Bob Fleming, an organizer with the Houston-based nonprofit the Metropolitan Organization, said he thinks the Legislature is a less favorable environment for a simple Chapter 313 reauthorization like Lozano’s today than back in 2021, when the last reauthorization bill failed. He expects any bill like HB 5 that ties tax abatements to education funding will face similar headwinds.
“They can’t escape the connection: Tax breaks for big businesses equals less money for school districts,” he said.
Fleming said that per capita funding for students in Texas — known officially as the “basic allotment,” which is guaranteed by the state constitution — has never recovered from cuts that were made during the Great Recession of 2008.
“There is no constitutional obligation to attract business to Texas, but there is one to create fair and efficient schools,” Fleming said. “And if you look at education as a workforce development program, they’re skimping on that. That side of economic development is being short-changed for incentives for big business.”
As for the Feb. 14 letter, Fleming said he was struck by the lack of response to criticisms that tanked Chapter 313 back in 2021.
“It doesn’t recognize a single objection that opponents made,” he said. “There’s no mention of PILOT payments and whether they’ll be part of it, no mention of limits to the total amount of money that can be given away, no tightening up of regulations on jobs and what counts for a good proposal, no limitations.” (PILOT payments, or payments in lieu of taxes, were the kickbacks offered to school districts by companies as part of Chapter 313 agreements.)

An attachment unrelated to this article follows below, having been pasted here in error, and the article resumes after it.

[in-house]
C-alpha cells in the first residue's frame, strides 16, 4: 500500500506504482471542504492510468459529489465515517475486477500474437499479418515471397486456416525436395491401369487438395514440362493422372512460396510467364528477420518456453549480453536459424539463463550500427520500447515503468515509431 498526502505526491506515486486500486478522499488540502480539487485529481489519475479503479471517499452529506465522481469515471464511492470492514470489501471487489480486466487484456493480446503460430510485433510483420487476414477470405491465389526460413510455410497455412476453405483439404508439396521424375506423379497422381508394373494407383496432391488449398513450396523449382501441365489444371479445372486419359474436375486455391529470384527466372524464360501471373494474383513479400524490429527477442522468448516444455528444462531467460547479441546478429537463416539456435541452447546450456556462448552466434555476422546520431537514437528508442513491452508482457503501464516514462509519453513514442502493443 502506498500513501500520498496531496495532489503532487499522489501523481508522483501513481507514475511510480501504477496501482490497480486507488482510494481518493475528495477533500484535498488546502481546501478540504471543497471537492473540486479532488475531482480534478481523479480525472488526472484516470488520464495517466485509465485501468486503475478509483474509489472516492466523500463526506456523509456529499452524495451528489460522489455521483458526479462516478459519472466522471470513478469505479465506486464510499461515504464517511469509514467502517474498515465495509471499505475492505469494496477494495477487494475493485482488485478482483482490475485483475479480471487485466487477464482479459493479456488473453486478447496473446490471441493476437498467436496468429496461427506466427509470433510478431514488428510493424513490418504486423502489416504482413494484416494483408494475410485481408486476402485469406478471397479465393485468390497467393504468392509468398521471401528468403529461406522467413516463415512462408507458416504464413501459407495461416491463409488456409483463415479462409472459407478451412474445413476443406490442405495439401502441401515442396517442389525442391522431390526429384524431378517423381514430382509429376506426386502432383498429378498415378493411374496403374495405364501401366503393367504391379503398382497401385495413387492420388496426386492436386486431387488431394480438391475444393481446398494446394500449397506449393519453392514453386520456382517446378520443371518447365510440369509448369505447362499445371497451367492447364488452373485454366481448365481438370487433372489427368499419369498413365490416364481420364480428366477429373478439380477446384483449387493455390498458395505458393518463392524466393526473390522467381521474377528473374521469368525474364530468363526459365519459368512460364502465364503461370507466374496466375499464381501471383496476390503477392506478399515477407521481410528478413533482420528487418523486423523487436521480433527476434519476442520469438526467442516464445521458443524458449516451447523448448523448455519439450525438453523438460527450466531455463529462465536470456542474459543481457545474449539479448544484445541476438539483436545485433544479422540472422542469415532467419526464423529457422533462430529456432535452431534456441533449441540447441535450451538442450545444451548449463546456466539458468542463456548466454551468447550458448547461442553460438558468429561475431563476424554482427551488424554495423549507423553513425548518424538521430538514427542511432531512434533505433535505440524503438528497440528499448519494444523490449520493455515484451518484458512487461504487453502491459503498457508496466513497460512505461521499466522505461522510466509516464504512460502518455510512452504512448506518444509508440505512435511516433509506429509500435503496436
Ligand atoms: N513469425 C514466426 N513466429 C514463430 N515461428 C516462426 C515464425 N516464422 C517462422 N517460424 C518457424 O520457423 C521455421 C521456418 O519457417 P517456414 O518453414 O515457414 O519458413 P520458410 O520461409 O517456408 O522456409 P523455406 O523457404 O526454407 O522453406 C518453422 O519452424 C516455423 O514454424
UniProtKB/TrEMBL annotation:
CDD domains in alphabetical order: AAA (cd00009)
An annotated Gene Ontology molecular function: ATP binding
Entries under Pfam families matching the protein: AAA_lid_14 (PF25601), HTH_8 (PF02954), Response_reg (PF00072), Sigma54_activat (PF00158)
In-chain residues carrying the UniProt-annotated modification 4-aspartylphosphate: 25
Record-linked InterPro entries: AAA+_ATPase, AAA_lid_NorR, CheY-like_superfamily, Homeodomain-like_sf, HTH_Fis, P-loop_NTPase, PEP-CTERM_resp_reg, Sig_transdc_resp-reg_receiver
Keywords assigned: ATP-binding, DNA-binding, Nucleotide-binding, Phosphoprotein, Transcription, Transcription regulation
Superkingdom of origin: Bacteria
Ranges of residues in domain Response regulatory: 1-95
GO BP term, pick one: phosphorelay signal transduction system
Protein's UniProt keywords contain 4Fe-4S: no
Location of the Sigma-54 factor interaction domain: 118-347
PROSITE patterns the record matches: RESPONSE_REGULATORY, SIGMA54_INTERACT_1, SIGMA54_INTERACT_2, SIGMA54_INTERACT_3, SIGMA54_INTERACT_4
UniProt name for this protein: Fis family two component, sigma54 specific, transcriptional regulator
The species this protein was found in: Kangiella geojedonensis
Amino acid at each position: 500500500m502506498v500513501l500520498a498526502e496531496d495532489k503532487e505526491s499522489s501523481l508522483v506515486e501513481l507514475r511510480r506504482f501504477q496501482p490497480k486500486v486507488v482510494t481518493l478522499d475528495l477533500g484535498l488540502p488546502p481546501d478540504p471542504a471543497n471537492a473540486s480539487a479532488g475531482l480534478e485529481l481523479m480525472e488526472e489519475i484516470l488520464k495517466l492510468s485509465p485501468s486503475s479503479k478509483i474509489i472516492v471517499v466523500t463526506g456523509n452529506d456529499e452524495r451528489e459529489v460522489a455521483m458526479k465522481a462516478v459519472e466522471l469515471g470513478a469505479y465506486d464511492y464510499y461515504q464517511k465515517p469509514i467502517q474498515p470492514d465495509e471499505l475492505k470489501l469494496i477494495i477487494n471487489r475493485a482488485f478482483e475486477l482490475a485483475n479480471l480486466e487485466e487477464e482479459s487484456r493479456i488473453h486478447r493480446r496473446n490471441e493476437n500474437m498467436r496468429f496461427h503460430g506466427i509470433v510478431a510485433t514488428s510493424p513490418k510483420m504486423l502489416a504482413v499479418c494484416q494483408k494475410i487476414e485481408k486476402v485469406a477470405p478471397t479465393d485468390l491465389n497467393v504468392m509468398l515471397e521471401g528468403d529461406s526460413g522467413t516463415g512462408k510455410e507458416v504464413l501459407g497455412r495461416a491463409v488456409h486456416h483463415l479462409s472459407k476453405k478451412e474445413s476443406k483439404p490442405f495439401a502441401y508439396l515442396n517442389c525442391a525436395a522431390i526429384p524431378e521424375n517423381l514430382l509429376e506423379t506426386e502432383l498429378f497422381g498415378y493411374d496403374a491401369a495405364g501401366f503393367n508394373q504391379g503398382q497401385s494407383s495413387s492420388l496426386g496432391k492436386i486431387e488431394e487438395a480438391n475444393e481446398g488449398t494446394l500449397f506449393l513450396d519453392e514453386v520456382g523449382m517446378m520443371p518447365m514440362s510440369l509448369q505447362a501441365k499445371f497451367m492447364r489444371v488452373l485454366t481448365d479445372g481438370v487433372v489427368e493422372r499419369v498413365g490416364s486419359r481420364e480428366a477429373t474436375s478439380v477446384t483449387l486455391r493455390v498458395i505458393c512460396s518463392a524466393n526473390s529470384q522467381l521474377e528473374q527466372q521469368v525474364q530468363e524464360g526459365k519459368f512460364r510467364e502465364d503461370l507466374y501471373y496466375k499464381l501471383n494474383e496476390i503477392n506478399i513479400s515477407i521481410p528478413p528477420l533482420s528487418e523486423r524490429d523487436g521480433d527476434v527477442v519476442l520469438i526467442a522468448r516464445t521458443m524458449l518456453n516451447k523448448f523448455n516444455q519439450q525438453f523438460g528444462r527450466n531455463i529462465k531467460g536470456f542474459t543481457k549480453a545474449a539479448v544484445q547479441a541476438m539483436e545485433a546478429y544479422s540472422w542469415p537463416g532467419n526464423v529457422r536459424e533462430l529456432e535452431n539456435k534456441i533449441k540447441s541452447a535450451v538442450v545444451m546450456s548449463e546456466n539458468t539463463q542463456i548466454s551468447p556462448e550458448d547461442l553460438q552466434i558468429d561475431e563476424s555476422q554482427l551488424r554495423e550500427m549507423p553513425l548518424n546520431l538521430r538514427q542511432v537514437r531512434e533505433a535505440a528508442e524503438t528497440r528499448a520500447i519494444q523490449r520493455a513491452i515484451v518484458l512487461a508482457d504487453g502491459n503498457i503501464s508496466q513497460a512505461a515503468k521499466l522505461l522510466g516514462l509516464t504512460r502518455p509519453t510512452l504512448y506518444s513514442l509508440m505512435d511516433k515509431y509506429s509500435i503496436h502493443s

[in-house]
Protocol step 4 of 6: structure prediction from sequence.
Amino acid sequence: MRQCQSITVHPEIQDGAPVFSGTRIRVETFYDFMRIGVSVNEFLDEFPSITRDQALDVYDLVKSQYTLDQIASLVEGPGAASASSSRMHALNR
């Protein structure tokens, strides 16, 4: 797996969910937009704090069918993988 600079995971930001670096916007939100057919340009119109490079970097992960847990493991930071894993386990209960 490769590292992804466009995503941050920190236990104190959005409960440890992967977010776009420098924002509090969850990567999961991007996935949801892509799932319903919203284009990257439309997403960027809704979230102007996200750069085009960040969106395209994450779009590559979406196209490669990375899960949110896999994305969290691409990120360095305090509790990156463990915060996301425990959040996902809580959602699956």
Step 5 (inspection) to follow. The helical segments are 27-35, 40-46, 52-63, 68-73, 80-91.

Mike Culbertson, interim CEO of the Corpus Christi Regional Economic Development Council and one of the signers of the Feb. 14 letter, said he worries, like Ahlenius in Beaumont, that Texas will lose major capital investments to other states — particularly Louisiana and Oklahoma — without a new tax incentive program “on the school tax side” to replace Chapter 313.
“The choice isn’t that Texas would get 100% of the taxes or 70% of the taxes,” Culbertson said. “It’s that Texas has a chance to get 70% of the new taxes or nothing when the company doesn’t come.”
Asked whether he saw any possibility of a new tax incentive program that did not rely on school property taxes, Culberston said, “A couple of states use general funds that the governor can use for incentives. With the size of Texas, that would require the governor to pick winners and losers. If there were only one location in Texas and the Legislature created a specific fund, then maybe it would work.”
Culbertson said he had not seen Lozano’s bill, and he spoke to Capital & Main before HB 5 was filed.
Greco and Fleming both said they would oppose any Chapter 313 replacement program that involves school funding.
“The Chapter 313 program has taken more money from the public school system than any other factor,” Fleming said.
As for HB 5, Greco said it looks like a “shell bill” filed out of desperation.
“They had to get something in before the filing deadline so that they might be able to go back and shove things in later,” Greco said.
Disclosure: Every Texan, Exxon Mobil Corporation, Texas Association of Business, Texas Taxpayers and Research Association and Valero have been financial supporters of The Texas Tribune, a nonprofit, nonpartisan news organization that is funded in part by donations from members, foundations and corporate sponsors. Financial supporters play no role in the Tribune’s journalism. Find a complete list of them here.
This article originally appeared in The Texas Tribune at https://www.texastribune.org/2023/03/01/texas-chapter-313-tax-break-legislature-businesses/.